Google Maps is no longer #flatearth
Go to Google Maps and zoom out. Halfway out, the map’s perspective changes from a traditional flat map view to an interactive globe. Zoom all the way out and the Earth is presented as a globe with landmasses of the appropriate size. Greenland is no longer the size of Africa and all is right with the world.
On flat maps, it’s impossible to represent land mass size on a relative scale. Objects in the north and south become distorted as the the flat map compensates for the flattening of the globe. This is most evident in the commonly used Mercator projections that properly represents the size of land around the equator but super-sizes land in the Arctic and Antarctic.
Now, when Google Maps is used on Desktop, users will see the appropriate size of land masses. The update is great but I have yet to find the giant ice wall that’s preventing all of life from sliding off the side of the flat earth and onto the back of the giant turtle we’re riding through the vast emptiness of space.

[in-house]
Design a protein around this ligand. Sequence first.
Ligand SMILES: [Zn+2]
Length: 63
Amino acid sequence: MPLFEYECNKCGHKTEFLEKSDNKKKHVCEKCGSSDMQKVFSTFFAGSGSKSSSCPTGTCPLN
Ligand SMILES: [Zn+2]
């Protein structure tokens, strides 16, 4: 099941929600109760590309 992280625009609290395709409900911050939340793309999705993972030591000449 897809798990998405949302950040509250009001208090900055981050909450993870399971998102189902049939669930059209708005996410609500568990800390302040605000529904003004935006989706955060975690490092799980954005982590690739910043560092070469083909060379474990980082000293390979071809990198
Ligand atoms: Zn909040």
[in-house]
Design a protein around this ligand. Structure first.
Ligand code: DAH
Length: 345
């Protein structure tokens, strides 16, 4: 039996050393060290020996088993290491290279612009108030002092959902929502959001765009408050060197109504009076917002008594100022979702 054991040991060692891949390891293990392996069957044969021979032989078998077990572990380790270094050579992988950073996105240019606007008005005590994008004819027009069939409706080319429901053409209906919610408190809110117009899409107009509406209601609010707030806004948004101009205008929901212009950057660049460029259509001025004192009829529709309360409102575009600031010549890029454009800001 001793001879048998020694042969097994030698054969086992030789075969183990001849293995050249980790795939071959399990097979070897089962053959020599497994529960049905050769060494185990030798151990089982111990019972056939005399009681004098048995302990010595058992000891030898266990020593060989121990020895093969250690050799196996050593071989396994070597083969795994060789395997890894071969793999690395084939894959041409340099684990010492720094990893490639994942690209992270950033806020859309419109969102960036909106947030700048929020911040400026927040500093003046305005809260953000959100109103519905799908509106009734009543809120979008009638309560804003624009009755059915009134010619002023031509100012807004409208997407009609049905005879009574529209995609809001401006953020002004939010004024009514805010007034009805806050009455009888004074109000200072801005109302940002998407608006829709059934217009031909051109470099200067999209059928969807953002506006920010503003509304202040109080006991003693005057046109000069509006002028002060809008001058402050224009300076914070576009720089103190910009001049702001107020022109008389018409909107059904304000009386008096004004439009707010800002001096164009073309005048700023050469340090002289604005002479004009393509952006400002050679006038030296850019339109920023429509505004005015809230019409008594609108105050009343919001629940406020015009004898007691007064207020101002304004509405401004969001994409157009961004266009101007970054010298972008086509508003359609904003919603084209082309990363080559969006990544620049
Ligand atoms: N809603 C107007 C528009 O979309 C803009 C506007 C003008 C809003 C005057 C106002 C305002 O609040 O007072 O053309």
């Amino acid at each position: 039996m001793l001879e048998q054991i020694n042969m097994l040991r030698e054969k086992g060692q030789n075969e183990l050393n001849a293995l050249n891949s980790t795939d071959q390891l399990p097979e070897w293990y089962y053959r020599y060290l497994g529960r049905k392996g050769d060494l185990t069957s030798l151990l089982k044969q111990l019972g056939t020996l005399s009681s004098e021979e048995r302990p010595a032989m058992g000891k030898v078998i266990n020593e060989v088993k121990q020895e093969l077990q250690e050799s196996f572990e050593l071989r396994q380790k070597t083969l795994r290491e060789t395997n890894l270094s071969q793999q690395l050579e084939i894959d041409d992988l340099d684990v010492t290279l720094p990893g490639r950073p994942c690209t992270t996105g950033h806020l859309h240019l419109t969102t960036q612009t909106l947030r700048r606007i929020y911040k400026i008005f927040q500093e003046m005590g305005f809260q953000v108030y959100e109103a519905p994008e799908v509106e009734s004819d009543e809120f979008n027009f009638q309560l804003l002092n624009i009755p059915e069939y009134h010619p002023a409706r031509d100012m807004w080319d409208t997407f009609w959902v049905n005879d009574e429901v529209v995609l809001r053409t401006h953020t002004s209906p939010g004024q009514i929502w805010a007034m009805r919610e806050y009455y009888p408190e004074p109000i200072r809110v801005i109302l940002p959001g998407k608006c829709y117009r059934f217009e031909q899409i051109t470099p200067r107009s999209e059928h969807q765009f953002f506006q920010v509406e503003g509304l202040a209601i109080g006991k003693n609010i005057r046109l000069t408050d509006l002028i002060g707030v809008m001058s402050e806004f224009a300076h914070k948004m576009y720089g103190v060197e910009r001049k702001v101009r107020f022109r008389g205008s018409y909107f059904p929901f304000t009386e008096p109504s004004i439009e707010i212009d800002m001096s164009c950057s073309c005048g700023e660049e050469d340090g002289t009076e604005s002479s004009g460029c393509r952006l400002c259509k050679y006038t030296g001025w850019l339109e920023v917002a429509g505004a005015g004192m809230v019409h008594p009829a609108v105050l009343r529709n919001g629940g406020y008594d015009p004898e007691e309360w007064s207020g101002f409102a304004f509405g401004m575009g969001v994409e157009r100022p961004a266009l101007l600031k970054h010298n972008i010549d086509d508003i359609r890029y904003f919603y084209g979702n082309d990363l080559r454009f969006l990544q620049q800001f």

With 3D Globe Mode on Google Maps desktop, Greenland's projection is no longer the size of Africa.
— Google Maps (@googlemaps) August 2, 2018
You can manipulate the globe as you’d expect — spin it, zoom in, and zoom back out. Google Earth, watch out — Google Maps is coming for you.
Globe mode only works on desktop, but all major browsers are supported, we’re told. We tested it on Chrome, Firefox, and Edge — they all showed the globe just fine.
The change means that by depicting the world in a spherical form, Google Maps shows a more accurate representation of the world. And no, we’re not just talking about Google fighting back against flat Earth truthers.